Creatine Ethyl Ester (CEE) is creatine monohydrate with an ester attached. The ester bond is thought to allow creatine to bypass the creatine transporter, allowing it to enter the cell intact and causing greater creatine uptake by the muscle. However, a study by Spillane et al. showed that creatine monohydrate increases muscle creatine levels more than creatine ethyl ester. [8] It was also shown the CM is significantly more effective at increasing intra-cellular water while CEE increases more extra-cellular water. Extra-cellular water is water outside the cell, which causes you to look “soggy”. As per the last point above, increasing intra-cellular muscle hydration is one of the most advantageous effects of creatine. Yet, it is lacking in CEE. Finally, CEE has been shown to increase serum creatinine levels, a metabolic by-product of creatine phosphate. [9]

To put it simply: creatine ethyl ester has inferior uptake, it causes extra-cellular hydration instead of intra-cellular hydration and forms greater amounts of creatinine.

Creatine Hydrochloride

Creatine hydrochloride (HCL) is a form of creatine in which the creatine molecule is bound to a hydrochloric acid. This form of creatine is marketed because it is x50 more soluble in water compared to creatine monohydrate. It is claimed that the greater solubility means that it has greater absorptions and requires less creatine to saturate the muscle cells. [10][11] However, there is no evidence showing that this increases creatine concentration in muscle cells. We must note that even though creatine HCl is more soluble in plain water, this says nothing about how digestible and absorbable a form of creatine may be. Further, creatine monohydrate has already shown to be 100% bioavailable, which means that even if creatine HCl is more soluble, it still cannot be more bioavailable to the body since it cannot surpass 100% bioavailability.

Buffered Creatine (Kre-Alkalyn)

Buffered Creatine is advertised as the only type of creatine with a pH above 12. It is claimed that this forms a more stable molecule that enters the muscle cell in its entirety and does not lead to the formation of creatinine, which increases bioavailability and makes it superior to creatine monohydrate. [12] Creatine monohydrate and Kre-Alkalyn were compared in a double-blind placebo study with 32 resistance-trained individuals. Both groups increased muscle creatine, fat-free mass and strength with no significant difference between the two groups. [13] However, serum creatinine levels were higher in the Kre-Alkalyn group. This means that Buffered Creatine is not superior to creatine monohydrate, it just has a bigger price tag.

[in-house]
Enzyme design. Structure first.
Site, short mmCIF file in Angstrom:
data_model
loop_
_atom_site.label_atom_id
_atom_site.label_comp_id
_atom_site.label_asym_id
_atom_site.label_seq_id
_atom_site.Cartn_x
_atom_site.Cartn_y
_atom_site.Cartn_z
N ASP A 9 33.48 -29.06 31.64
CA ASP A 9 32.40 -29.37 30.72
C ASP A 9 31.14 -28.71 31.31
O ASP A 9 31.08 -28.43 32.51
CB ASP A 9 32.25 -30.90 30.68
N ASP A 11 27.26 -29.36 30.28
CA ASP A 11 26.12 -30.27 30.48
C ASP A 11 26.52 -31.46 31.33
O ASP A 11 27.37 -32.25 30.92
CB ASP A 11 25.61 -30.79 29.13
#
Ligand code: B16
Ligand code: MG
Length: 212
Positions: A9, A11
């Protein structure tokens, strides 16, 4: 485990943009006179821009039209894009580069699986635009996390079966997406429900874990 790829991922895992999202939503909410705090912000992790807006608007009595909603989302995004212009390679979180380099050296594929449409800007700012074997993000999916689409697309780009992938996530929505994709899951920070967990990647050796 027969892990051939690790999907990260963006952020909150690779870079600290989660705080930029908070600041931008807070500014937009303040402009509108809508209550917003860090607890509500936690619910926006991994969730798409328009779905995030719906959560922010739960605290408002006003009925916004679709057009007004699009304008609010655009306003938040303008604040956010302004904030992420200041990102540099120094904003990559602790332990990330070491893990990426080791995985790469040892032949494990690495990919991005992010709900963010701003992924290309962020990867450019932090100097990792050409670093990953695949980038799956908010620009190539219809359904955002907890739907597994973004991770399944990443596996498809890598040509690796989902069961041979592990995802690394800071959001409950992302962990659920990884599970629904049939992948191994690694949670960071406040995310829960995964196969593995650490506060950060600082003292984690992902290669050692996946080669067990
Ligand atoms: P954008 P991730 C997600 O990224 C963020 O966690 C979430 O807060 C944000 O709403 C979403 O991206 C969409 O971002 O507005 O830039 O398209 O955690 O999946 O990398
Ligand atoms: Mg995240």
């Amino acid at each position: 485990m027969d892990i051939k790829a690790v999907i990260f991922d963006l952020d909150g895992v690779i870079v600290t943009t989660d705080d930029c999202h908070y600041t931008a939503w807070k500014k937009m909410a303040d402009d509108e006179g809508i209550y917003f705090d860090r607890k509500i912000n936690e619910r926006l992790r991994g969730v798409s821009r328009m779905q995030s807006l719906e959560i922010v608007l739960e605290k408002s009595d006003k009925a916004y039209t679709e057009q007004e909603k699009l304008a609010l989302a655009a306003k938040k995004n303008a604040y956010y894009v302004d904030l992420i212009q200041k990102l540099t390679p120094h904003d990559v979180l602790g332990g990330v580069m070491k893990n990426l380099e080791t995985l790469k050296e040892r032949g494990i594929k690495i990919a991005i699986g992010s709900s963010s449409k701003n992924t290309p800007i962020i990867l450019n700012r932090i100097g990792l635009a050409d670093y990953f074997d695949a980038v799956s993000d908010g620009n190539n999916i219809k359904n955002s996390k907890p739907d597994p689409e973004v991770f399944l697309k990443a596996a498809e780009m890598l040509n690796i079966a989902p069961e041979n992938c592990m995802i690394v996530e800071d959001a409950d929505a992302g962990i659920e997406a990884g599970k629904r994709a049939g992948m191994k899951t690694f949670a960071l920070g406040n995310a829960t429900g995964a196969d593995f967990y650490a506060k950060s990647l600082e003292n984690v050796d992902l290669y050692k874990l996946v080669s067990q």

The Bottom Line

Creatine monohydrate comes out on top every time. It is one of the most well-researched supplements out there and it has stood the test of time. It has been shown to be 100% bio-available and saturates muscle cells. In the best case scenario, other forms of creatine may be able to match the benefits of creatine monohydrate but for a much greater price.
Do yourself a favour and do not fall victim to marketing techniques. As they say, “if it ain’t broke, don’t fix it!”. Stick with creatine monohydrate, your gains and wallet will thank you!



  1. Kreider RB. Effects of creatine supplementation on performance and training adaptations. Mol Cell Biochem. 2003 Feb;244(1-2):89-94. [PMED]
  2. Mesa JL, Ruiz JR, González-Gross MM, Gutiérrez Sáinz A, Castillo Garzón MJ. Oral creatine supplementation and skeletal muscle metabolism in physical exercise. Sports Med. 2002;32(14):903-44. [PMED]
  3. Rawson ES, Volek JS. Effects of creatine supplementation and resistance training on muscle strength and weightlifting performance. J Strength Cond Res. 2003 Nov;17(4):822-31. [PMED]
  4. Deldicque L, Décombaz J, Zbinden Foncea H, Vuichoud J, Poortmans JR, Francaux M. Kinetics of creatine ingested as a food ingredient. Eur J Appl Physiol. 2008 Jan;102(2):133-43 [PMED]
  5. Chanutin A. The Fate of Creatine When Administered to Man. J. Biol. Chem. 1926 67: 29 [JBC]
  6. Tilly BC, Gaestel M, Engel K, Edixhoven MJ, de Jonge HR. Hypo-osmotic cell swelling activates the p38 MAP kinase signalling cascade. FEBS Lett. 1996 Oct 21;395(2-3):133-6. [PMED]
  7. Roux PP, Blenis J.ERK and p38 MAPK-Activated Protein Kinases: a Family of Protein Kinases with Diverse Biological Functions. Microbiol Mol Biol Rev. 2004 Jun; 68(2): 320–344. [PMED]
  8. Spillane M, Schoch R, Cooke M, Harvey T, Greenwood M, Kreider R, Willoughby DS. The effects of creatine ethyl ester supplementation combined with heavy resistance training on body composition, muscle performance, and serum and muscle creatine levels. J Int Soc Sports Nutr. 2009 Feb 19;6:6 [PMED]
  9. Velema MS, de Ronde W. Elevated plasma creatinine due to creatine ethyl ester use. Neth J Med. 2011 Feb;69(2):79-81. [PMED]
  10. Allmax Nutrition. Creatine Hydrochloride.
  11. SD Pharmaceuticals. Creatine Hydrochloride.
  12. Kre-Alkalyn.
  13. Jagim AR, Oliver JM, Sanchez A, Galvan E, Fluckey J, Riechman S, Greenwood M, Kelly K, Meininger C, Rasmussen C, Kreider RB. A buffered form of creatine does not promote greater changes in muscle creatine content, body composition, or training adaptations than creatine monohydrate. J Int Soc Sports Nutr. 2012; 9: 43 [PMED]

About the author

About Miguel Blacutt
Miguel Blacutt

Miguel is a bodybuilder and powerlifter with a burning passion for science and fitness. He is studying Nutritional Biochemistry at McGill University, Canada, and has the goal of obtaining PhD in this field. Miguel plans on sharing his studies and research so that he can help others reach their health and fitness goals.[Continue]